of AKIS in Europe
Different countries have
adopted the AKIS system and have adapted it according to the contribution of
the private and public organizations, national institutions and laws and
policies of the agricultural sector within the country. European AKIS are considered to be complicated
or even intricate and differ significantly from one country to another. Each country
has built the system according to its goals by taking into account the participating
stakeholders. As example, the AKIS of federal and devolved countries such as
Germany, Belgium and UK can face certain arrangements and modifications
according to the administrative division of the nation. The public sector of
most EU countries acts as a source of funds for the agricultural sector,
supplies official information, and coordinate between the different entities.
Both private and public research programs and educational institutions are in
charge of ensuring the transfer of knowledge, ensuring education and providing
consultative services. There is a significant presence of the private sector in
AKIS of certain EU countries acting either as independent consultants or as
part of extension services.
The AKIS diagram compiles all
the potential actors and organizations and draws the connection between each entity.
It helps in identifying the network that enables the exchange of agricultural
knowledge, gives an overview of the organizational structure and facilitate the
detection of gaps and missing connections. One example of such diagrams is the
AKIS system in Denmark illustrated in figure….
the 19th century Danish agriculture has played an important role in
earning foreign currency and still considered as an important sector. The
Danish AKIS combines a strong category of farmers in rural areas whose needs
are being closely followed and controlled by the advisory system. Moreover, the
collaboration between Danish farmers and agricultural research programs has
strengthened the connections between the different organizations, hence,
empowering the AKIS system of the country. The main feature of the Danish AKIS
is the solid network and connection created between the different entities (farmers,
organization, institutions and companies).
It is reported that Denmark
AKIS is well-performing with a solid connection between the different members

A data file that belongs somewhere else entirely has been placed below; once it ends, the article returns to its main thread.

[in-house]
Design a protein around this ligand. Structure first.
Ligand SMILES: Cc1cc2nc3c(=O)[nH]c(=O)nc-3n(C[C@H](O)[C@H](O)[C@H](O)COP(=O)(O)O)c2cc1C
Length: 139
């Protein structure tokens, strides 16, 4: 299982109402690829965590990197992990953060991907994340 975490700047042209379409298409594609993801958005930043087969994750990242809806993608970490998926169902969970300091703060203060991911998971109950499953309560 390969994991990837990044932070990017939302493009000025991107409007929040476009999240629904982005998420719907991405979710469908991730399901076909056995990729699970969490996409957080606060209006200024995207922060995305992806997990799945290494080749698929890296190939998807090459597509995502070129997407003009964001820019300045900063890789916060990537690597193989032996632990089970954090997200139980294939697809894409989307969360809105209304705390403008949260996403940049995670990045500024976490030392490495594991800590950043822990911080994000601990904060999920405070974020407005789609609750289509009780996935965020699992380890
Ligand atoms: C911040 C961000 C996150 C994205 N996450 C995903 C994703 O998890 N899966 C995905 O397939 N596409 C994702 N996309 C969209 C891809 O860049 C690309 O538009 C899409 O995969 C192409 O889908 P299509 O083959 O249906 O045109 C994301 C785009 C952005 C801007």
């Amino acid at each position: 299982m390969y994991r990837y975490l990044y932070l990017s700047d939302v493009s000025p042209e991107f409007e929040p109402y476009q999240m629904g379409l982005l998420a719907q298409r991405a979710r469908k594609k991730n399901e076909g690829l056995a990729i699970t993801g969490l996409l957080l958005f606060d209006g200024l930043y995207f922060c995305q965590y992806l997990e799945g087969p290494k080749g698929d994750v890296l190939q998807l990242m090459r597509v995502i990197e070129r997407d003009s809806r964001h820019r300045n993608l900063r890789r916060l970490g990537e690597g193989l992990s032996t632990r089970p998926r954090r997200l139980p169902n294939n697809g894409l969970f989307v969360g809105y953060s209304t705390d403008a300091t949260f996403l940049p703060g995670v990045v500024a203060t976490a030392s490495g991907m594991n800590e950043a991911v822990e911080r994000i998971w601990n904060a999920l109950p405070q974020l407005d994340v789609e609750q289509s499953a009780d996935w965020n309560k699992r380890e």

of the system. Moreover, the active involvement of farmers and the bilateral
connections between farmers and the rest of the system enhances the efficiency
of the Danish AKIS.
Characterisation of AKIS
It can be difficult to directly
compare between the AKIS of countries due to the differences in national
institutions, laws and agricultural policies. A measurement scale was defined
from week to strong and from fragmented to integrated to typify the
agricultural knowledge and information system of countries.
Among the criteria that define
the strength of the AKIS of a given country are:
The efficient and potential contribution of entities
and organizations to the AKIS system to ensure the transfer of knowledge.
The availability of resources, funds and
investments to enhance the exchange of information and the development of
The involvement of Farmers in the system and the
evaluation of their feedback about the contribution of the concerned
Thus, an AKIS strength relies
on the compliance with different features.
The integration level is
defined by the degree of correlation between the AKIS members. The system entities
can operate in parallel without any relevant connection with other AKIS
members, thus separate knowledge networks. This characterizes a fragmented AKIS
which usually display uncoordinated and uncooperative operating entities that
can create conflicts within the system. An integrated AKIS is usually characterized
by corroborative and coordinated entities supported by national policies for
which a public institution is in charge of connecting the AKIS network.
Figure…gives an overview of
some countries according to their strength(weak to strong) and integration
level (fragmented to integrated). Romania, Portugal and Greece are an example
of a weak fragmented AKIS. For such countries very low investments are
dedicated to the agricultural information system, in addition to uncoordinated
and uncooperative actors that hinder the development of the knowledge system. On
the other hand a strong and integrated AKIS is reported in Denmark, Austria and
Ireland for which there is potential public and networking support.
Netherlands is a distinct
example of a strong yet a fragmented AKIS in which the required resources are
available and parallel structured information systems are operating and providing
the the knowledge needs of farmers.
One can conclude the each
European country has different approaches in defining their AKIS and
integrating the different organizations to the system.